Covariance measures the linear relationship between two variables. The covariance is similar to the correlation between two variables, however, they differ in the following ways:

- Correlation coefficients are standardized. Thus, a perfect linear relationship results in a coefficient of 1. The correlation measures both the strength and direction of the linear relationship between two variables.
- Covariance values are not standardized. Therefore, the covariance can range from negative infinity to positive infinity. Thus, the value for a perfect linear relationship depends on the data. Because the data are not standardized, it is difficult to determine the strength of the relationship between the variables.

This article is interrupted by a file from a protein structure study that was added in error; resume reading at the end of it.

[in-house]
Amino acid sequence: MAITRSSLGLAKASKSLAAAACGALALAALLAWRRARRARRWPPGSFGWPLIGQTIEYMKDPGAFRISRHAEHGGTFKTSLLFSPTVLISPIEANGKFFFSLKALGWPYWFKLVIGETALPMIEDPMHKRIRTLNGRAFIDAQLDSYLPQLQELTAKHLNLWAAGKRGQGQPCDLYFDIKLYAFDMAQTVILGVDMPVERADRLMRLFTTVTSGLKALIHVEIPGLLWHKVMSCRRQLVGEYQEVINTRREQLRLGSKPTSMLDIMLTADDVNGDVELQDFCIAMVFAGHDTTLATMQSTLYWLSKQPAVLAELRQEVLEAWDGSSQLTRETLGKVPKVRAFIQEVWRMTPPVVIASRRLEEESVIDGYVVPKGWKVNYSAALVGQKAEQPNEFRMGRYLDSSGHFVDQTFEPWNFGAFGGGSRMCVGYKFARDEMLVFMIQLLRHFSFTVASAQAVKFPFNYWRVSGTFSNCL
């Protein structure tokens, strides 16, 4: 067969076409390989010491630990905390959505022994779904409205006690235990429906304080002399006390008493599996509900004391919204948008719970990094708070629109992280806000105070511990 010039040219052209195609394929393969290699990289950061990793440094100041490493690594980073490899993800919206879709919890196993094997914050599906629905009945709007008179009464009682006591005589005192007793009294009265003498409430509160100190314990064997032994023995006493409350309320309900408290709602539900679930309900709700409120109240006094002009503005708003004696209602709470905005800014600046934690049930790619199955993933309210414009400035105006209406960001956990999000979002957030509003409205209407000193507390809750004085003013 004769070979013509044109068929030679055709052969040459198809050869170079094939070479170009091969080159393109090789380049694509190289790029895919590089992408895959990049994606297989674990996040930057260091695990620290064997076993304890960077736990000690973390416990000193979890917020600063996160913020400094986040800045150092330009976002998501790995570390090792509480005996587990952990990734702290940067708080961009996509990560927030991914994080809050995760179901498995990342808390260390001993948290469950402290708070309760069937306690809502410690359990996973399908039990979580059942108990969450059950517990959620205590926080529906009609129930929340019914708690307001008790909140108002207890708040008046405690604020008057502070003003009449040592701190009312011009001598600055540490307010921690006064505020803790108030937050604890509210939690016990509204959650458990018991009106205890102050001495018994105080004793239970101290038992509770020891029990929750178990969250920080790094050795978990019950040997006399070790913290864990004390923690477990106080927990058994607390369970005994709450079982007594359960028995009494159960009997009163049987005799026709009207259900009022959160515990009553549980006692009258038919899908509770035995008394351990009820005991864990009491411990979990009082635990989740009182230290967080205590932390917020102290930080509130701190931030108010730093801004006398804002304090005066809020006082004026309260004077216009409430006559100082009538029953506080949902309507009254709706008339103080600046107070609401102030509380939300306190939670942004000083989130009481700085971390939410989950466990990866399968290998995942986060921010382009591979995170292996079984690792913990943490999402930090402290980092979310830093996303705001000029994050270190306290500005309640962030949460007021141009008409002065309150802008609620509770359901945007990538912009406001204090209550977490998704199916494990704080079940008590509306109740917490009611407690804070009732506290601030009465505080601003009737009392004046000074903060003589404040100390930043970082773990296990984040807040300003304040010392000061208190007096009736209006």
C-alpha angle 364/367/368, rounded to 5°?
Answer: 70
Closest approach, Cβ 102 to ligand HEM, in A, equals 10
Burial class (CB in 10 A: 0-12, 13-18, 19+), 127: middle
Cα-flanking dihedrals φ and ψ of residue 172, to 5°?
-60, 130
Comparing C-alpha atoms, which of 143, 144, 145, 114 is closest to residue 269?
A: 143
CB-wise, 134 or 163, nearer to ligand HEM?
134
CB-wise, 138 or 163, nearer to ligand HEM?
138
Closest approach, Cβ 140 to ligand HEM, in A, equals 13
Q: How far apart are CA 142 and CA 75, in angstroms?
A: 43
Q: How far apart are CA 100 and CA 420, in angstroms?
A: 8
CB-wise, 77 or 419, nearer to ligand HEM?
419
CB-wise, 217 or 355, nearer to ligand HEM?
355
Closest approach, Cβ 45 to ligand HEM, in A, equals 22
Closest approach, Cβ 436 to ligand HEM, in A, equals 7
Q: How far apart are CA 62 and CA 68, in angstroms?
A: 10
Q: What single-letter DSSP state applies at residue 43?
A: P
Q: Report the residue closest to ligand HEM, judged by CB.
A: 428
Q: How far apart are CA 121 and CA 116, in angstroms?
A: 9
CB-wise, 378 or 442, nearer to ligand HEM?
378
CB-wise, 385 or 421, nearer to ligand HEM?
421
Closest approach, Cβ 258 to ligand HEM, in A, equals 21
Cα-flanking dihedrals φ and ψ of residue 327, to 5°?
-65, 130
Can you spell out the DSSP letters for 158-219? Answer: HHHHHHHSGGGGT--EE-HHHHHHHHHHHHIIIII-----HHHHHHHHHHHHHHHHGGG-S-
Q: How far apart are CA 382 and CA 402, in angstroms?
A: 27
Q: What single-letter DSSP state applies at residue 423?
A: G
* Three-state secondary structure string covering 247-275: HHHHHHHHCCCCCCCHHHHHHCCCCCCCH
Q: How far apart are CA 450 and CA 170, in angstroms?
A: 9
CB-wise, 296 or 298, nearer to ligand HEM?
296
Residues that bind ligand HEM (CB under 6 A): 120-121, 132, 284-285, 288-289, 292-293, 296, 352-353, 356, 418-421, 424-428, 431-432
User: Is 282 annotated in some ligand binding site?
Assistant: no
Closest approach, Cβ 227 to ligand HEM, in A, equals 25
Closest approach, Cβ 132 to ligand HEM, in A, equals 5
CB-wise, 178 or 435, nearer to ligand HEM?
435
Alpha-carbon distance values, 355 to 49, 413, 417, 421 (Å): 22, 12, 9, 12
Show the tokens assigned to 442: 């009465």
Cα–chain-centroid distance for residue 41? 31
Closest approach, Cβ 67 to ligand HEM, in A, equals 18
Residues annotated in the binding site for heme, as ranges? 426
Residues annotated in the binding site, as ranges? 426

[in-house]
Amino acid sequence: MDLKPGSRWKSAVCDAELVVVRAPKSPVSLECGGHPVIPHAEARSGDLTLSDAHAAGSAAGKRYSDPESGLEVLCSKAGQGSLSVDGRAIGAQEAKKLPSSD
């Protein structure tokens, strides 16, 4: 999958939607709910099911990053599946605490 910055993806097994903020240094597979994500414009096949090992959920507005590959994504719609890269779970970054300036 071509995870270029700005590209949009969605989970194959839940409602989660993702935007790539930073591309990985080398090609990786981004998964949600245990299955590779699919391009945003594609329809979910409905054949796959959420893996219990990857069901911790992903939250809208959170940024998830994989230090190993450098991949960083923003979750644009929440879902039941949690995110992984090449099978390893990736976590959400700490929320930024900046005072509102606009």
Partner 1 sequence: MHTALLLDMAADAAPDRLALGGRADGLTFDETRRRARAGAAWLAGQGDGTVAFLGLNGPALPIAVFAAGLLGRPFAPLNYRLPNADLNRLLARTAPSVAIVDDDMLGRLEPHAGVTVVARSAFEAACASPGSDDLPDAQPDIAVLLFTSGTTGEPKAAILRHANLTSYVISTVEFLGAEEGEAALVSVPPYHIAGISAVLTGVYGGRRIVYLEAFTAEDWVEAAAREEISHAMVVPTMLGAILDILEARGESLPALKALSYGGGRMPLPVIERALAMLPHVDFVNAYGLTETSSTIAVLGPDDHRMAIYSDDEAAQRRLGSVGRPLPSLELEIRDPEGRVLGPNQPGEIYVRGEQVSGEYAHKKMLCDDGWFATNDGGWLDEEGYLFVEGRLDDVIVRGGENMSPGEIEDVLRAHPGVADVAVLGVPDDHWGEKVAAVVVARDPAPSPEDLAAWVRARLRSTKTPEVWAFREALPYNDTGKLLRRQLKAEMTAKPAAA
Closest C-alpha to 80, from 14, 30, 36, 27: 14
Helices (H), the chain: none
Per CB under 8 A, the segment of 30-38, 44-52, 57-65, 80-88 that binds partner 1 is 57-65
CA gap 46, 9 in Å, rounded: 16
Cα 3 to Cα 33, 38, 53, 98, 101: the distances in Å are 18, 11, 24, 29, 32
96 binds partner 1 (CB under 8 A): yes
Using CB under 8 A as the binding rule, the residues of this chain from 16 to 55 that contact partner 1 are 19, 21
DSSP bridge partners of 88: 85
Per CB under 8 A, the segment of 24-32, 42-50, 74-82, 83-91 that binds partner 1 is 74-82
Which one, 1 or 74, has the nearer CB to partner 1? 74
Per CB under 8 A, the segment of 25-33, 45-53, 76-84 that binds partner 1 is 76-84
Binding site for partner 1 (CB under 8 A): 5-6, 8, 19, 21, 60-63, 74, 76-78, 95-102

You can use the covariance to understand the direction of the relationship between variables. Positive covariance values indicate that above average values of one variable are associated with above average values of the other variable and below average values are similarly associated. Negative covariance values indicate that above average values of one variable are associated with below average values of the other variable.

The correlation coefficient is a function of the covariance. The correlation coefficient is equal to the covariance divided by the product of the standard deviations of the variables. Therefore, a positive covariance always results in a positive correlation and a negative covariance always results in a negative correlation.